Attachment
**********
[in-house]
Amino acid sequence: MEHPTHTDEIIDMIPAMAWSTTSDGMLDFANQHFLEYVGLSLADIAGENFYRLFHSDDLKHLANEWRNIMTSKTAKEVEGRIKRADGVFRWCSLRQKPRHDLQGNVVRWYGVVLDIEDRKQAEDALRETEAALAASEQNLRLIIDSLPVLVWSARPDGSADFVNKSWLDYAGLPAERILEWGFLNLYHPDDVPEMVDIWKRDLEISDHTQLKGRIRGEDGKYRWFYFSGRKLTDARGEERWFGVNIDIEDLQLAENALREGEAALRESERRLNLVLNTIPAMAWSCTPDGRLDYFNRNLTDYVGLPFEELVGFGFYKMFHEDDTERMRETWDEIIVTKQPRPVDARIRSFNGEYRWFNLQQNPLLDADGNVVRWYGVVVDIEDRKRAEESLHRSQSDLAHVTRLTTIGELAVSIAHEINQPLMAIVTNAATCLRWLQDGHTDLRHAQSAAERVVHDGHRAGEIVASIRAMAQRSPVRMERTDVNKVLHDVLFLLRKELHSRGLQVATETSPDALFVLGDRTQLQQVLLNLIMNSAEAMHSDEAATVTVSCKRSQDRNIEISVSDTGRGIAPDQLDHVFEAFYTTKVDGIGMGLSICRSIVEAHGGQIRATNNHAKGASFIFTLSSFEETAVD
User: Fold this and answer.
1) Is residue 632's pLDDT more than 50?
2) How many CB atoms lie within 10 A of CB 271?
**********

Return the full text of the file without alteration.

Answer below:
[in-house]
Amino acid sequence: MEHPTHTDEIIDMIPAMAWSTTSDGMLDFANQHFLEYVGLSLADIAGENFYRLFHSDDLKHLANEWRNIMTSKTAKEVEGRIKRADGVFRWCSLRQKPRHDLQGNVVRWYGVVLDIEDRKQAEDALRETEAALAASEQNLRLIIDSLPVLVWSARPDGSADFVNKSWLDYAGLPAERILEWGFLNLYHPDDVPEMVDIWKRDLEISDHTQLKGRIRGEDGKYRWFYFSGRKLTDARGEERWFGVNIDIEDLQLAENALREGEAALRESERRLNLVLNTIPAMAWSCTPDGRLDYFNRNLTDYVGLPFEELVGFGFYKMFHEDDTERMRETWDEIIVTKQPRPVDARIRSFNGEYRWFNLQQNPLLDADGNVVRWYGVVVDIEDRKRAEESLHRSQSDLAHVTRLTTIGELAVSIAHEINQPLMAIVTNAATCLRWLQDGHTDLRHAQSAAERVVHDGHRAGEIVASIRAMAQRSPVRMERTDVNKVLHDVLFLLRKELHSRGLQVATETSPDALFVLGDRTQLQQVLLNLIMNSAEAMHSDEAATVTVSCKRSQDRNIEISVSDTGRGIAPDQLDHVFEAFYTTKVDGIGMGLSICRSIVEAHGGQIRATNNHAKGASFIFTLSSFEETAVD
User: Fold this and answer.
1) Is residue 632's pLDDT more than 50?
2) How many CB atoms lie within 10 A of CB 271?